Get organizedI'm a "to do" list guy. Everything I do on a daily basis centers around "to do" lists. Whenever I think to myself, "I need to..." it goes straight on to the list. For these two projects I used Ta-da Lists. I created a new list for each project, and started adding "to do" items as I thought of them, and checked them off as I completed them. It's a great way to ensure you don't forget anything, nothing falls through the cracks, and it gives you a decent visual representation of your progress and how much you have left to do.
Get a domainThe first thing you need is a domain name for your site so people have a way to surf to it. You don't necessarily need a separate domain for every site; you can can host several sites on a single domain via sub-domains. For example, I registered anachromystic.com for my company then hosted one of my projects at marina.anachromystic.com.
I get all my domain names through GoDaddy. It's usually the cheapest, and it's convenient to manage them all through a single central service. If you plan on sending/receiving e-mail through the domain, I strongly recommend Google Apps for Business. It's dirt simple to set up, their tutorials cover every major registrar, and requires no maintenance.
Get a hostAs the name "pet" project implies, these sites are hobbies. They are not generating any money, and it's not critical that they be up all the time and fast to respond. So I went with the cheapest host I could find, DreamHost. Pull up Google and search for DreamHost promo codes and try all the ones you find. I ended up getting an entire year of hosting for about $20 (that's for the entire year, not a monthly rate).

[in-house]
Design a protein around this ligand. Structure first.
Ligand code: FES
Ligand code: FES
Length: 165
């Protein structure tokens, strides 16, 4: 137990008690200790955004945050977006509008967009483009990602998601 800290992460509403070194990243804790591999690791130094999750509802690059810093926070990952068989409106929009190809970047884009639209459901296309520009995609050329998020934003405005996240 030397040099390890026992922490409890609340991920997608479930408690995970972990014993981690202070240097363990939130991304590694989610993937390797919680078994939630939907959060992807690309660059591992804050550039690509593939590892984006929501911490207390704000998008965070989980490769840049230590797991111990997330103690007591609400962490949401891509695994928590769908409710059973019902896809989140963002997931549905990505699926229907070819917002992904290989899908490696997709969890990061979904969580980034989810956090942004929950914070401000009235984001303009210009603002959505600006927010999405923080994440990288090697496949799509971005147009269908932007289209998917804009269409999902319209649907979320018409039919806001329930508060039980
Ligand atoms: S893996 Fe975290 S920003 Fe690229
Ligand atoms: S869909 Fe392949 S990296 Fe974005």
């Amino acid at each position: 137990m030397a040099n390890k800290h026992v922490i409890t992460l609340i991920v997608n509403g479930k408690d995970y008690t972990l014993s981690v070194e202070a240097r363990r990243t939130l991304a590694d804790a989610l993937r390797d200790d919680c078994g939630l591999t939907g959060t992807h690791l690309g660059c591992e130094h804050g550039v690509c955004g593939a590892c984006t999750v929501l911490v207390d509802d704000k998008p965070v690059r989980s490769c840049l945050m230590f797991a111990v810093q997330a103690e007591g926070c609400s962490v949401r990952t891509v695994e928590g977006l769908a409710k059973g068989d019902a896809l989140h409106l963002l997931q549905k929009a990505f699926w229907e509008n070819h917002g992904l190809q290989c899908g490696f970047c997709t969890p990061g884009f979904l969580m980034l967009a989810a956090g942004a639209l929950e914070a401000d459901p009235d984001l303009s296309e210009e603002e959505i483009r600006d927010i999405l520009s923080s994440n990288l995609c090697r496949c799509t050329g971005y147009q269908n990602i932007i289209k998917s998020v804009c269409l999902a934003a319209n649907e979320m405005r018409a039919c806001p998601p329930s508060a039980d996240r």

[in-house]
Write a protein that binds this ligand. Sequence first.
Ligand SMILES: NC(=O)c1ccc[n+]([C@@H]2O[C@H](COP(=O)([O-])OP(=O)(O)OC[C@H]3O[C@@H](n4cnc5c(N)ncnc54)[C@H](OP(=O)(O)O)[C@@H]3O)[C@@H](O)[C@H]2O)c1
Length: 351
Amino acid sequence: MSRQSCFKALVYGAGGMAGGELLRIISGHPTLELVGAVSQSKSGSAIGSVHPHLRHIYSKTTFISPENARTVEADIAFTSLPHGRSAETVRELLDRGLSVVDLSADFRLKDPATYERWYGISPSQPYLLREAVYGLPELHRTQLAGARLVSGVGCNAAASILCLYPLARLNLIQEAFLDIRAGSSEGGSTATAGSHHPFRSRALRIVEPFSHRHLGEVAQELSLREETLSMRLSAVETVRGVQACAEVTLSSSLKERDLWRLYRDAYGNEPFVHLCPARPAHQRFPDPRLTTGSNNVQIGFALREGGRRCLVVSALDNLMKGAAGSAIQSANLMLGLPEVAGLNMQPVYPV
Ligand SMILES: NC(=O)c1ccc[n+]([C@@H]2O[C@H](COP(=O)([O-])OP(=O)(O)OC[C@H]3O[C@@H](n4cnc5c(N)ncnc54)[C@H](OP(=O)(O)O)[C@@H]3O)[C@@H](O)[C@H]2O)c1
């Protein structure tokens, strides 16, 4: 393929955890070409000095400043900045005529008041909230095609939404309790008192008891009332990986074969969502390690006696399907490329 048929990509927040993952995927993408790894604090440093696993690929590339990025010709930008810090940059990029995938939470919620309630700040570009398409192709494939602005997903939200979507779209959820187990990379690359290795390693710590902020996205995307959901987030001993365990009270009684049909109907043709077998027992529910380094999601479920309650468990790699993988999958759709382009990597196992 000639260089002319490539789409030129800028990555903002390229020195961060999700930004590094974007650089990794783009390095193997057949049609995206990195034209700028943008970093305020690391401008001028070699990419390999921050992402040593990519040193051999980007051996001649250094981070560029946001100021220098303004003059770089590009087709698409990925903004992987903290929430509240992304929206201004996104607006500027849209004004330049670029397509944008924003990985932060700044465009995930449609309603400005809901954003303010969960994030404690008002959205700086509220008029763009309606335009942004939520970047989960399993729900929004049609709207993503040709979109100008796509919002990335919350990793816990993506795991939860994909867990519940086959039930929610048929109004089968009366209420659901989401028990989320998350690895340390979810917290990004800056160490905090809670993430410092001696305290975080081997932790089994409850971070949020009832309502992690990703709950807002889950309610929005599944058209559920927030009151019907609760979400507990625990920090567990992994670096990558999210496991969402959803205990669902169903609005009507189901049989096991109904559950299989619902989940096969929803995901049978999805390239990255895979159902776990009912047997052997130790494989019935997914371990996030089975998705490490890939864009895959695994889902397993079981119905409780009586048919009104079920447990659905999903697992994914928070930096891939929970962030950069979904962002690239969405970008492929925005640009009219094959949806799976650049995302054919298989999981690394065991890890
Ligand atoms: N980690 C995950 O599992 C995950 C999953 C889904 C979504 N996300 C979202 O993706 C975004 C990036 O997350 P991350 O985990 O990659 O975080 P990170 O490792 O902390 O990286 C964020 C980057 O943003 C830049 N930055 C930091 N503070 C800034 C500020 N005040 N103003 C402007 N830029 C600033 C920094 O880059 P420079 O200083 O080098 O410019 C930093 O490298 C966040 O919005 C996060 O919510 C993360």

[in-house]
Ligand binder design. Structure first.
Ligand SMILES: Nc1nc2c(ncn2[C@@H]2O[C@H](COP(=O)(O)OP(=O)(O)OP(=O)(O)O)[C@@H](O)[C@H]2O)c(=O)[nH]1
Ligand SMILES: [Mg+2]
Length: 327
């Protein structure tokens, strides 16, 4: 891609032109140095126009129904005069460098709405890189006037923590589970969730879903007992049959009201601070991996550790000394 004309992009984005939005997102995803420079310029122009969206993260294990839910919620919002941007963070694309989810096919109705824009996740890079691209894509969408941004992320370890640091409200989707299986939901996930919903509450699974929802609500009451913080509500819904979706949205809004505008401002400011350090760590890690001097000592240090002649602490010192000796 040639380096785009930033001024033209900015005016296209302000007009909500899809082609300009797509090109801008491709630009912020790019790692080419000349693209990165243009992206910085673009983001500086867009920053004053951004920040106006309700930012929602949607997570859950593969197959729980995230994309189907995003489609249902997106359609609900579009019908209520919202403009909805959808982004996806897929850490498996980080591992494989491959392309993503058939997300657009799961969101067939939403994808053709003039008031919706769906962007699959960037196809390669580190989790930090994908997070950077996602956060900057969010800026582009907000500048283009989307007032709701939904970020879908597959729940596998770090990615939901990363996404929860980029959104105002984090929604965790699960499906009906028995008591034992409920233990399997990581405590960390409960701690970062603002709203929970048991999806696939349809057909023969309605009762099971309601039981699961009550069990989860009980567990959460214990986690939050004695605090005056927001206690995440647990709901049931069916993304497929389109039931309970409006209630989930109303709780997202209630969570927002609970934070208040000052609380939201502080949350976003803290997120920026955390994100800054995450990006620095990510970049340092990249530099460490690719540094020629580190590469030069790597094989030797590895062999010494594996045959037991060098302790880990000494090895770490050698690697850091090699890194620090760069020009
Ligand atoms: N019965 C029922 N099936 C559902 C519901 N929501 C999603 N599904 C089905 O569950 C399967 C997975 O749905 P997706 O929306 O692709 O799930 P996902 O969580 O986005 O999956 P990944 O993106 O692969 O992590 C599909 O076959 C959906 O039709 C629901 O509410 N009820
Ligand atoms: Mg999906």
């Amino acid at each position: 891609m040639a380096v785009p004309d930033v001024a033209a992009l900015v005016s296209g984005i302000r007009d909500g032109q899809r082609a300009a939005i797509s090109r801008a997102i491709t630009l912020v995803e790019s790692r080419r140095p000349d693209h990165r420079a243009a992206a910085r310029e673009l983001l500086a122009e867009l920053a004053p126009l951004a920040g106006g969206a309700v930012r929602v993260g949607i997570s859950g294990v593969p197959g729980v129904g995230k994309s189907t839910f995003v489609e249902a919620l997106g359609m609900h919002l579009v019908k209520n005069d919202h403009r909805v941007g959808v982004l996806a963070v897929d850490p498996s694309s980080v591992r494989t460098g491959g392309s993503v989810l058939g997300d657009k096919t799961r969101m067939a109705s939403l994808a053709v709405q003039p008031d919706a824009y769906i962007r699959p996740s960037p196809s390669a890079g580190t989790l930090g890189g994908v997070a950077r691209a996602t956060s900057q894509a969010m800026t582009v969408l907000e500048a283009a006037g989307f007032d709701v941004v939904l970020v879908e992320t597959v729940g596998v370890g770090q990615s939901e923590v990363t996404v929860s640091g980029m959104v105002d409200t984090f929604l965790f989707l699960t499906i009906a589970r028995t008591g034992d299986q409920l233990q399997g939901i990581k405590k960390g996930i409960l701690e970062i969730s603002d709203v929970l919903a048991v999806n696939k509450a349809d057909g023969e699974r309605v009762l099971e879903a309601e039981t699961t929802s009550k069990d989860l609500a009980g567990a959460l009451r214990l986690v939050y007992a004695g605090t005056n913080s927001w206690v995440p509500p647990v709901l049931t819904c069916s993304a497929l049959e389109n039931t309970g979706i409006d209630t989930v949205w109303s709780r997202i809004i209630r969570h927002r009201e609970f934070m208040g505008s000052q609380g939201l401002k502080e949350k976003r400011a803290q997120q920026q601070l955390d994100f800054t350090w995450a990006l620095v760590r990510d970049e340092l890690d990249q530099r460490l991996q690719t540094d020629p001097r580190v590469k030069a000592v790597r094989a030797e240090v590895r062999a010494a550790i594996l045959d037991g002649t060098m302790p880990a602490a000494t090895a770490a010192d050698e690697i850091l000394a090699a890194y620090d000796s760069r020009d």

Choose a platform (Hint: Use Rails, dummy)Not only is Ruby on Rails the best platform for getting a site up and running quickly, you can get a head start with a "base" application like Bort which comes with a plethora of pre-shaved yaks including registration, e-mail activation, log-in, password reset, pre-configured routes, deployment scripts, etc. It's not perfect - I had to tweak it a bit - but it saved me hours of laying the groundwork and let me get to the meat of the project quicker.
Use hosted source controlWhy hosted? First of all, it's essentially a cheap back-up of your work. Secondly, it makes it a lot easier to collaborate if you're working with other developers. There's a billion to choose from, and if you're willing to let other people see your code, they're free. I decided to make the source for Pocket Rails open but keep the source for Marina private (for now). I'm a huge git fanboy so GitHub was the natural choice for me. My open-sourced projects are hosted for free and I pay a measly $7 per month for the privilege of keeping some of them private.
Test all the fscking timeIf you aren't test infected yet, it's time to wake up. Testing demonstrates that what you've written works, and testing ensures that when you modify or enhance it you don't break any of the old stuff. Don't let yourself fall into the quagmire of, "I'll add testing later after I get everything working." You'll waste endless hours of debugging issues that could have been prevented with preemptive testing. But don't take my word for it, take the word of Bryan Liles.
Also, on a somewhat related note to testing, use one of the plug-ins and accompanying services like Hoptoad or Exceptional to track and alert you when something breaks on your site.
If you want to get hard core, and why not, install the New Relic plug-in which will track and report on the performance of your application, so you can find out where the bottlenecks are.